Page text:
Sinking Valley, Pennsylvania - United States Army
In 1969 and 1970 I was a Spec. 4 in the U. S. Army in Vietnam, stationed at Camp Evans in I Corps. I was a small arms repairman at the 178th Maintenance Company and was working in the armorment shop on this date. When I was low on work I would help the guys who worked on the large artillery guns. I was told we needed some "cherry juice" (what we called hydraulic fluid) for an 8-inch gun.
Another soldier and I left Camp Evans to Phu Bai, which is south of Hue, to pick up the fluid at a warehouse. We left Phu Bai later than we should. We were the last vehicle to cross the An Low bridge right before it closed. It was getting dark fast and as we sped north it started to drizzle. We were alone and it was dark. Highway 1 was not a place you wanted to be after dark. As we rounded a turn in the road there was Constantine wire strung across it. The road was wet and we slid into the wire.
Once we got stopped I looked up and saw five or six ARVN soldiers pointing their M1 Garand rifles at us. They had set up a security perimeter around one of the wooden bridges. I got out of the jeep and moved the wire, I then walked across the bridge and opened the bridge on the other side. The ARVN did not help, but didn't interfere either. I jumped back into the jeep and we sped off. When we finally arrived back at Camp Evans the military police stopped us once we got thru the gate to make sure we didn't bring contraband back, we cleared and were happy to be back at Camp Evans.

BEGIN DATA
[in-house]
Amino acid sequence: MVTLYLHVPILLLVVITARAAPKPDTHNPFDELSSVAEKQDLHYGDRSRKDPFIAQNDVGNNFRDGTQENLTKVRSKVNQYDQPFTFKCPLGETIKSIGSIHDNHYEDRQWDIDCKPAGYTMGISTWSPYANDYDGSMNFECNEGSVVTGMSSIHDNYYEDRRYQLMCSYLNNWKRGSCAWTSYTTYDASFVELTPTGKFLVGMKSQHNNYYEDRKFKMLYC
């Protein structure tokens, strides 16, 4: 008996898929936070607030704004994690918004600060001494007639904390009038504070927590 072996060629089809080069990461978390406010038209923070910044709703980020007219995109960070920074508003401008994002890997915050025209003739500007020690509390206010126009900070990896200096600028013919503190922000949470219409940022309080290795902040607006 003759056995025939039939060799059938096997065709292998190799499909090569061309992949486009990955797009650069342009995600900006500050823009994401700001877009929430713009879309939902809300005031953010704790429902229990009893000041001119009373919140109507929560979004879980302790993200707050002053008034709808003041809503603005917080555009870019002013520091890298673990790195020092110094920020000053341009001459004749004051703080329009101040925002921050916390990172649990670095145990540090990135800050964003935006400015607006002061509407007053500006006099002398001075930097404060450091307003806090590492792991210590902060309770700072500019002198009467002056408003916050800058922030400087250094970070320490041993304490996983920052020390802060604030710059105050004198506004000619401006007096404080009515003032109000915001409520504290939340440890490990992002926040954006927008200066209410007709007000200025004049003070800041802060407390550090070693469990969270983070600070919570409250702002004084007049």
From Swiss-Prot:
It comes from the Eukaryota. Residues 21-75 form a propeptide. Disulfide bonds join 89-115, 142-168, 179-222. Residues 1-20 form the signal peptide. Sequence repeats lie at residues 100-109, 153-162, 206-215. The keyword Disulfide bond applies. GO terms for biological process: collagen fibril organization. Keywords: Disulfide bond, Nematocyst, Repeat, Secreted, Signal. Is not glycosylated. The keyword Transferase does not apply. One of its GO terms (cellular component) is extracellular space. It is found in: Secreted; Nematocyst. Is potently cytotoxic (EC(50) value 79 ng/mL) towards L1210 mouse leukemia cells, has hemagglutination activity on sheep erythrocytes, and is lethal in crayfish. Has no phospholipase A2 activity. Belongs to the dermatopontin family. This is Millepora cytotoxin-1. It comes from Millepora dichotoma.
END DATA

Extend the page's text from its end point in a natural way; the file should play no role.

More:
This experience taught me under unusual circumstances you have to keep a level head, which later helped me in life when I became a police officer.